The chemical industry can be simplified into two main parts – fine chemicals, which are pure and complex, and bulk chemicals, which are made in huge quantities. Fine chemicals provide the means for things like drugs, fragrances, and additives in food. Some examples of bulk chemicals are ammonia, sulfuric acid, and sodium hydroxide, which are all made at large chemical plants via a variety of different processes. There are significant differences between the two front-runners of the chemical industry.
These are chemicals that are made on a very large scale in order to satisfy global markets – which is why they are sometimes referred to as commodity chemicals. Organic chemicals are produced by organic synthesis, which has many different steps and processes involved. Both inorganic and organic bulk chemicals are manufactured in continuous process chemicals plants as opposed to batch manufacturing chemical plants (which is how fine chemicals are produced). In the UK specifically, there are 4 main chemical plants that produced most of the country’s bulk chemicals – near the River Mersey, on the East coast of Yorkshire, in Grangemouth and in Teesside. The basic manufacturing goal of bulk chemical plants is to produce bulk chemicals on a large enough scale that costs are kept as low as possible, to make the maximum amount of profit. Some notable examples of these chemicals acetone, acrylic acid, biodiesel, castor oil, glycerine, and white spirit.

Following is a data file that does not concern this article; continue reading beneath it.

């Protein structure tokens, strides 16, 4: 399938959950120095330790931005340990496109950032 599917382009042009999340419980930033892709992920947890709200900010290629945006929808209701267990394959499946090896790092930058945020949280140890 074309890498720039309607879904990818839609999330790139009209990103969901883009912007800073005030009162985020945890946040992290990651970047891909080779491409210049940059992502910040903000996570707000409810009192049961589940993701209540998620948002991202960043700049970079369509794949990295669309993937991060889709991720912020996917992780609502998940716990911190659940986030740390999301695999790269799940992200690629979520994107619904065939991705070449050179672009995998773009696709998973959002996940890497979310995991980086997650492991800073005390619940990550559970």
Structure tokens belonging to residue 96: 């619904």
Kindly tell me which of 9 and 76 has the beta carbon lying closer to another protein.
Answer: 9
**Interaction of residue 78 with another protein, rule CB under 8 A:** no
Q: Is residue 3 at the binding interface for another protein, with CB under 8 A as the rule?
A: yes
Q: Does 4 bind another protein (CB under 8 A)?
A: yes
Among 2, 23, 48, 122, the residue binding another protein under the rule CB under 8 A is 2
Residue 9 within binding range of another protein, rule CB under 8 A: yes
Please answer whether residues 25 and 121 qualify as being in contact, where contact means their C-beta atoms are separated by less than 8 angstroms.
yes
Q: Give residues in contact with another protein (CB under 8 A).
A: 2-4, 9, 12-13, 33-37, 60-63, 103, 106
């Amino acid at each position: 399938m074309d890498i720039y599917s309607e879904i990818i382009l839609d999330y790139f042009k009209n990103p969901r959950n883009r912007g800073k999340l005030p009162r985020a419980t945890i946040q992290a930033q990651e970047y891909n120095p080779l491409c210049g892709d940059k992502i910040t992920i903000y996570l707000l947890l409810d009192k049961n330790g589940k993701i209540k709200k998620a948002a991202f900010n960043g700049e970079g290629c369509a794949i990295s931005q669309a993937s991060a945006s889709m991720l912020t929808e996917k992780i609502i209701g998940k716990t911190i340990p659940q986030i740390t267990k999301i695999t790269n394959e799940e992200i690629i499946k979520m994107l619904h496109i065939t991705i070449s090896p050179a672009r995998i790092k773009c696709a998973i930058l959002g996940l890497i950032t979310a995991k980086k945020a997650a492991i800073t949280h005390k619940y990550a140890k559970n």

Fine chemicals, as opposed to bulk chemicals, can only be manufactured in small, limited quantities in plants by batch or biotechnological manufacturing processes. There are, however, many small and complicated steps in the making of fine chemicals – like chemical synthesis, biotechnology, extraction, and hydrolysis. These chemicals were conceived in the 1970s, and have since become an important part of the chemical industry in the UK. The products, while extremely useful, usually have to be combined with other chemicals and substances in order to reach their full potential. Generally, they provide the building blocks for many different products that no doubt you use every single day. Some examples of these include pharmaceuticals, biocides, fragrances, additives, and pigments. Fine chemicals, to sum up, have to be combined with other substances to create these products. They are much more expensive to produce than bulk chemicals, due to their complex and changing the chemistry. Both bulk chemicals and fine chemicals are vital to the chemical industry, and provide us with everyday items and products that we don’t necessarily notice, but would definitely miss.